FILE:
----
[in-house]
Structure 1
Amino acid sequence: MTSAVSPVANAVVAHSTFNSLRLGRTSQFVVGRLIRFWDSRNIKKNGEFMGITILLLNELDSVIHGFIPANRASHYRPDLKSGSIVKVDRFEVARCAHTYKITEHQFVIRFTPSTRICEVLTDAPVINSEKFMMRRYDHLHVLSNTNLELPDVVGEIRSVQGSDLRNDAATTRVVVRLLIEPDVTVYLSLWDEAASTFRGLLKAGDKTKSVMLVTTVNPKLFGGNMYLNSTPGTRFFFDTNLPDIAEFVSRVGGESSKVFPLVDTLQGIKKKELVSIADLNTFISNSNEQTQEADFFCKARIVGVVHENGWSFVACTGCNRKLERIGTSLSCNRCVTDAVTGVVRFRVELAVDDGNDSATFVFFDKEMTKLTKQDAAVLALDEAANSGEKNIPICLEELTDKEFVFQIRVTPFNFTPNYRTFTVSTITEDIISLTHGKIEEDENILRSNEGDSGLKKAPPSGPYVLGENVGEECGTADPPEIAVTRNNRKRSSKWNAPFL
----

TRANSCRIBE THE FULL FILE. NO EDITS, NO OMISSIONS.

[in-house]
Structure 1
Amino acid sequence: MTSAVSPVANAVVAHSTFNSLRLGRTSQFVVGRLIRFWDSRNIKKNGEFMGITILLLNELDSVIHGFIPANRASHYRPDLKSGSIVKVDRFEVARCAHTYKITEHQFVIRFTPSTRICEVLTDAPVINSEKFMMRRYDHLHVLSNTNLELPDVVGEIRSVQGSDLRNDAATTRVVVRLLIEPDVTVYLSLWDEAASTFRGLLKAGDKTKSVMLVTTVNPKLFGGNMYLNSTPGTRFFFDTNLPDIAEFVSRVGGESSKVFPLVDTLQGIKKKELVSIADLNTFISNSNEQTQEADFFCKARIVGVVHENGWSFVACTGCNRKLERIGTSLSCNRCVTDAVTGVVRFRVELAVDDGNDSATFVFFDKEMTKLTKQDAAVLALDEAANSGEKNIPICLEELTDKEFVFQIRVTPFNFTPNYRTFTVSTITEDIISLTHGKIEEDENILRSNEGDSGLKKAPPSGPYVLGENVGEECGTADPPEIAVTRNNRKRSSKWNAPFL